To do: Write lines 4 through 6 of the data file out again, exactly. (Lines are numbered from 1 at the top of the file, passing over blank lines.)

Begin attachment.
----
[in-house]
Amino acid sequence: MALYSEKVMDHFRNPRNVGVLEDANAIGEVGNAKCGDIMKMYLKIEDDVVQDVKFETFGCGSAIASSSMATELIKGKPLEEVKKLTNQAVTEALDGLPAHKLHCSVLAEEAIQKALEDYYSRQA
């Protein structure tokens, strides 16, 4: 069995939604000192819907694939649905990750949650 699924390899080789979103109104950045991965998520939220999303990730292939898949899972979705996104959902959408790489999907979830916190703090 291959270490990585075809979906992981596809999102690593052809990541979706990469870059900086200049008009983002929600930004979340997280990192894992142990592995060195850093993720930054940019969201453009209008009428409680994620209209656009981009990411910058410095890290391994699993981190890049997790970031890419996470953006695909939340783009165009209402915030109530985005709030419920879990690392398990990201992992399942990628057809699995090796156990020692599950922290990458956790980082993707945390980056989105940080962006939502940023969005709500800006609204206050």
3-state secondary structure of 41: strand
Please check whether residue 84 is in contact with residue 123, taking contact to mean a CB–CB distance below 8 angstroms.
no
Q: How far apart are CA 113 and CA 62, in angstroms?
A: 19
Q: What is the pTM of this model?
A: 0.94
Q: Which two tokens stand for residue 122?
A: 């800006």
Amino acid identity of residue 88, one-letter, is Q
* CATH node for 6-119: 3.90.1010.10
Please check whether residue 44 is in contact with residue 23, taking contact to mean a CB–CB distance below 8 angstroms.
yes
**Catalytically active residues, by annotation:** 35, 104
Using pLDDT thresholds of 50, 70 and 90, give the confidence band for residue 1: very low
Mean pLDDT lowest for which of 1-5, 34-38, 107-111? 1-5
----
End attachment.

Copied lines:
3-state secondary structure of 41: strand
Please check whether residue 84 is in contact with residue 123, taking contact to mean a CB–CB distance below 8 angstroms.
no